Seattle student activist says suing social media is not the answer

Seattle student activist says suing social media is not the answer

The Seattle School District is suing the social media companies. The district wants platforms like Snapchat, TikTok and Instagram to take responsibility for the impact they have on young people’s mental health and help pay for the support students need.

But what do young people think of the Seattle School District’s lawsuit against social media?

The Seattle Student Union is a voice for students. Formed last year, the union has advocated for measures such as tougher gun controls, following a fatal shooting at Ingraham High School, and more mental health counselors in schools.

Noir Goldberg holds a sign during the Seattle student walkout against gun violence in November 2022.

The Seattle School District said the social media lawsuit was just one strategy it uses to help students. And he stressed that no district money is being used in the lawsuit. The Kent School District joined Seattle’s complaint.

Noir Goldberg, 17, a Seattle Student Union board member, joined KNKX Morning Edition host Kirsten Kendrick to talk about the approach.

Listen to their conversation above or read the transcript below.


Note: This transcript is provided for reference only and may contain typos. Please confirm accuracy before quoting.

KNKX Morning Edition host Kirsten Kendrick: What does the union think of the school district lawsuit?

Noir Goldberg, Seattle Student Union Board Member: We understand the impact of social media on children. But suing social media companies is not the right way to deal with mental health.

Kendrick: Some say it may be at least a symbolic gesture intended to highlight what some see as the negative impact of social media on young people. What’s your answer to that?

Goldberg: Social media is always a tricky issue. While, yes, it can cause, like bullying or self-image issues, it’s also been an incredible resource for people, especially during the pandemic when we’ve been able to see each other face to face and allow people to connect. And it helps to get a broader perspective on mental health. Personally, I had a very beneficial impact on me. It also raises awareness about mental health and helps de-stigmatize it. But there are tons of other factors that contribute to the decline in teenage mental health that we’ve seen, and that decline has been declining for years. And I think that kind of reached a breaking point with the pandemic, with everyone being pulled out of their support systems. And now that it’s become more socially acceptable to talk about it, we have more and more people coming forward with their issues.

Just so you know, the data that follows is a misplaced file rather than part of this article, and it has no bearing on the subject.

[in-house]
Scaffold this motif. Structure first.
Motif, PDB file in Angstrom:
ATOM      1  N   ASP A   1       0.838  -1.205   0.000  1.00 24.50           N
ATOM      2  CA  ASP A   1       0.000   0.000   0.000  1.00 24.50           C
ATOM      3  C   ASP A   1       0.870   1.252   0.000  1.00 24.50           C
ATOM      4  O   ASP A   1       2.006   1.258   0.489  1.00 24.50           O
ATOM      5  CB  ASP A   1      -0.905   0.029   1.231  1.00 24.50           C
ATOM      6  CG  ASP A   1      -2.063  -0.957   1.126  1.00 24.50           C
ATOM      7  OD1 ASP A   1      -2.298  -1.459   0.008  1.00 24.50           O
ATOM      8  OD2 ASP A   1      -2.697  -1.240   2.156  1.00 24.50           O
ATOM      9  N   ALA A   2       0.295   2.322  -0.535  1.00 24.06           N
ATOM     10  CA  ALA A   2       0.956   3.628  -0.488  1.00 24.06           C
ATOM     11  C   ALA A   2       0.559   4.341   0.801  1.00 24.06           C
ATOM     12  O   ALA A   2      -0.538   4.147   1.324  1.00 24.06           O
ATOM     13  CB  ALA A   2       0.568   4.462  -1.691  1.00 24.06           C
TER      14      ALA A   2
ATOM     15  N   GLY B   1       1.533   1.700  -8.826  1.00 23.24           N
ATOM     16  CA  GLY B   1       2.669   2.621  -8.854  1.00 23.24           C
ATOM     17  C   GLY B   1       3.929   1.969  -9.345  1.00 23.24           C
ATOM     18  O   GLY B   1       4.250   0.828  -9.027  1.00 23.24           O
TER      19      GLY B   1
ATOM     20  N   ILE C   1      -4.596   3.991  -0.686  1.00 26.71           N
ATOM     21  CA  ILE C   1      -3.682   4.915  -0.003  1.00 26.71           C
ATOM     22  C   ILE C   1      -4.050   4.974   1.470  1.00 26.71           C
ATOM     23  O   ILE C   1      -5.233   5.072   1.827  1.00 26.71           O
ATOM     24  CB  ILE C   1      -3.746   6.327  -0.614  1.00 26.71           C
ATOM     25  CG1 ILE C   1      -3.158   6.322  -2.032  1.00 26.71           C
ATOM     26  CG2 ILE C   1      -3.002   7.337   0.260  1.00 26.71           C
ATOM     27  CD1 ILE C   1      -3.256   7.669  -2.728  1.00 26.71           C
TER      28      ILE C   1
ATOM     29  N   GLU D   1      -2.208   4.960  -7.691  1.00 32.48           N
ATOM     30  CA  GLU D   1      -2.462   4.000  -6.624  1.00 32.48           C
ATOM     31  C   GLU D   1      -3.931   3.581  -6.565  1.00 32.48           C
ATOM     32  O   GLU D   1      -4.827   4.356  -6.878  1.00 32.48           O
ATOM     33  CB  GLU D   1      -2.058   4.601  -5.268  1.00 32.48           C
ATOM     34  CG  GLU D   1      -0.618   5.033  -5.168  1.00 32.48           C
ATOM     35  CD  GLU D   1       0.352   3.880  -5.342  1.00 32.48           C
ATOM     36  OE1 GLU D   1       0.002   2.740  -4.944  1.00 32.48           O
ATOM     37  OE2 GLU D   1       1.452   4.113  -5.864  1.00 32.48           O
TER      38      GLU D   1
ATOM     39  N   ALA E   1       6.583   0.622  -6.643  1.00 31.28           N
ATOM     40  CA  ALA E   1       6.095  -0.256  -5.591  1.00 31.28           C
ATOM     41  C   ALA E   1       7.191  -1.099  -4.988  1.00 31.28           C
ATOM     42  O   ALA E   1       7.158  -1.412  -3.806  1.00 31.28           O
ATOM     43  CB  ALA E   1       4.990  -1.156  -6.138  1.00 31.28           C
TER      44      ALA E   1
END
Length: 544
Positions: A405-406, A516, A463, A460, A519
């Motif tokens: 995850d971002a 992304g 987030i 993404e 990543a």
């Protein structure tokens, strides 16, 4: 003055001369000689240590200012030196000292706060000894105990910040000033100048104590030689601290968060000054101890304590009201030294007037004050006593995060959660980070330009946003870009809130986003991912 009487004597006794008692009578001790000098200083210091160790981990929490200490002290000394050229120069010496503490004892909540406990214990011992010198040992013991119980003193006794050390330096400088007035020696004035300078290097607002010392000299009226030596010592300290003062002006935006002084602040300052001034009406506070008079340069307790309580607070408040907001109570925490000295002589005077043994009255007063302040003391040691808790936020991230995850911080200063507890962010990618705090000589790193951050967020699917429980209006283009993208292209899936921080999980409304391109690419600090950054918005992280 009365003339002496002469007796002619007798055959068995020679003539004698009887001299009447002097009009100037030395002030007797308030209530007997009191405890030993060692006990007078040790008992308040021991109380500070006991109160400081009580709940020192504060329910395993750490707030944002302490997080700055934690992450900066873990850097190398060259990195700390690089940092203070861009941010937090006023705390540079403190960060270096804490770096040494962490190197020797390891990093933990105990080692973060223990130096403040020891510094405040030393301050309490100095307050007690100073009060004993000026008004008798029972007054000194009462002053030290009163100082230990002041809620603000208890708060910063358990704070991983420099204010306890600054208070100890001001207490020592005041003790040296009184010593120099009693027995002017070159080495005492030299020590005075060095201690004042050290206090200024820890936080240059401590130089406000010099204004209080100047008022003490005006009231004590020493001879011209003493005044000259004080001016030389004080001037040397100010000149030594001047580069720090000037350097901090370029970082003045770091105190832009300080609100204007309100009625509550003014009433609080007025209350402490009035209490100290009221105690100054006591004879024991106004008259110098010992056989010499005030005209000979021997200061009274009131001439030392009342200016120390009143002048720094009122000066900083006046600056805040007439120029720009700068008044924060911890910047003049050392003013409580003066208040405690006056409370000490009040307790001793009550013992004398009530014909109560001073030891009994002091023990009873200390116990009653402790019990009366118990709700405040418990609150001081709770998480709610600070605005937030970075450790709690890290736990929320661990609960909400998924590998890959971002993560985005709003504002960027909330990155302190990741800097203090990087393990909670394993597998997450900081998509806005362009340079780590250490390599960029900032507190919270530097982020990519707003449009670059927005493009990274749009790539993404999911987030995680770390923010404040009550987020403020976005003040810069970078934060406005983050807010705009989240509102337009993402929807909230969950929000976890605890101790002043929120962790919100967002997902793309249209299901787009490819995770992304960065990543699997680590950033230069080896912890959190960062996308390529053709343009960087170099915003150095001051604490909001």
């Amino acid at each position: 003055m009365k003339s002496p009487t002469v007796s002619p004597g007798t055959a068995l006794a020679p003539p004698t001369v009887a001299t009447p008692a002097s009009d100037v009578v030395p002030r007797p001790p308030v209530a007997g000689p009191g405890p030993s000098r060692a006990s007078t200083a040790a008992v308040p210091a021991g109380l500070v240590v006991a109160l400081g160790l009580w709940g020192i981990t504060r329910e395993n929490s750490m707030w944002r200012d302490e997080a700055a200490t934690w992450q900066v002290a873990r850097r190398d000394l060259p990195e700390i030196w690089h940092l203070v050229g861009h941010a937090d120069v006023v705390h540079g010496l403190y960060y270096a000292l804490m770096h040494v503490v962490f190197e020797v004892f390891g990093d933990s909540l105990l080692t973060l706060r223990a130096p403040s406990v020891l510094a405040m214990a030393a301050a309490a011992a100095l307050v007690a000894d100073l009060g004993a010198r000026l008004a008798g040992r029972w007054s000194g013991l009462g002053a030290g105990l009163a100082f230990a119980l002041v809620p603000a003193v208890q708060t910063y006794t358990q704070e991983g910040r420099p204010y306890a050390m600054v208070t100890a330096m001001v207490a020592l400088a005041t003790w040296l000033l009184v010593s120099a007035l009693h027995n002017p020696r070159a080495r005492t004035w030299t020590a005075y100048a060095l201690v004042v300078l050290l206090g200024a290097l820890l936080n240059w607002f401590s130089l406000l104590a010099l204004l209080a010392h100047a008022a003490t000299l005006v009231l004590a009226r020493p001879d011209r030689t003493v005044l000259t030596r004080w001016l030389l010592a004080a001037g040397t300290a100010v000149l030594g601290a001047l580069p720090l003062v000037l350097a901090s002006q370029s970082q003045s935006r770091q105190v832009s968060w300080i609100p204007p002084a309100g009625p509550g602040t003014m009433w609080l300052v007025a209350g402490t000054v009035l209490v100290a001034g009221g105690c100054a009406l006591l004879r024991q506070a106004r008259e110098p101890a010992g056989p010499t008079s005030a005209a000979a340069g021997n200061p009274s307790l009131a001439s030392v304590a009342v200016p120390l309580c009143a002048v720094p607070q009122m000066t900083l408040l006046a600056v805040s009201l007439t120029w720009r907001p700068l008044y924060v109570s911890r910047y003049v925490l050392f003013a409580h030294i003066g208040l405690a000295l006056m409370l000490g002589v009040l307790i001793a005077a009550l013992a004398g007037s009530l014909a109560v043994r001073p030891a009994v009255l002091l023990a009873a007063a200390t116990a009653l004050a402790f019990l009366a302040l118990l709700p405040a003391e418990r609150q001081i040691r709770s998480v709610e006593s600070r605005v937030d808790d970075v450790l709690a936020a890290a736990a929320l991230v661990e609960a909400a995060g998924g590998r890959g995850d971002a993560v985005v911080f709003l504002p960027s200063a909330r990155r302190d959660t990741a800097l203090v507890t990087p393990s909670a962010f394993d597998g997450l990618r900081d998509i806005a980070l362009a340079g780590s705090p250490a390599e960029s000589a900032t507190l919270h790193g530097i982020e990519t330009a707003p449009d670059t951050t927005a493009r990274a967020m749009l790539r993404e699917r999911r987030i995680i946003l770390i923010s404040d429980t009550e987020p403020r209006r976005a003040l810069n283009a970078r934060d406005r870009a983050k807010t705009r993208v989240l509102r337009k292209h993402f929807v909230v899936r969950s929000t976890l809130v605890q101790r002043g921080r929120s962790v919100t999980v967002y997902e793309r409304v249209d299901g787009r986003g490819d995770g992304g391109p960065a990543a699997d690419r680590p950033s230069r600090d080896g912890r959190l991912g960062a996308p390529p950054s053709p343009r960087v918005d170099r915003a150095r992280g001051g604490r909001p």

Kendrick: Do you think adults, especially older people, might point to social media and say “there are only bad things that come from using it?” Do you think it could also be because they don’t use social media as much or don’t know how it can be helpful?

Goldberg: I’ve certainly been told that the social media narrative is as big, bad, as evil, and there are certainly dangers to social media the same way there are in any community. But growing up with it and integrating it so much into our lives, we definitely have a different awareness and opinions of it than the people who are just seeing it now. Parents may consider it a dangerous place for their children because there is so much more connection online. But it can also be a good thing when done safely.

Kendrick: And what specifically do you want the district to do, providing more counselors per school?

Goldberg: The requests we had that were more suitable for schools were a 1:200 ratio for students and counselors. One counselor for every 200 students, as recommended by the national council of counsellors, and adequate funding for it. Thus, we could have counselors representative of school populations and people of color and people with, for example, minority identities would feel represented in the way they seek help.

Kendrick: How do students talk about mental health when you relate to school? Are we talking about it openly? Is it, is it something that has become more of an open question to discuss?

Goldberg: It definitely is. It’s hard to find someone who hasn’t been through some sort of struggle, which is incredibly unfortunate. Everyone seems to either have a success story or just the story of what they’re going through right now. And it’s become very normalized, which is great because it creates space for people to raise these issues and get help. But it’s definitely become more of a normal conversation, a lot more than it used to be.

Kendrick: Would you like to hear more from the district about this and promote open discussion about mental health issues?

Goldberg: We would. We would really like the district to help us with counselor support.

Kendrick: Noir, thank you for taking the time to speak with me.

Goldberg: Of course. Thank you for giving us this opportunity.

Kendrick: Noir Goldberg is a junior at Ballard High School and a member of the executive board of the Seattle Student Union.

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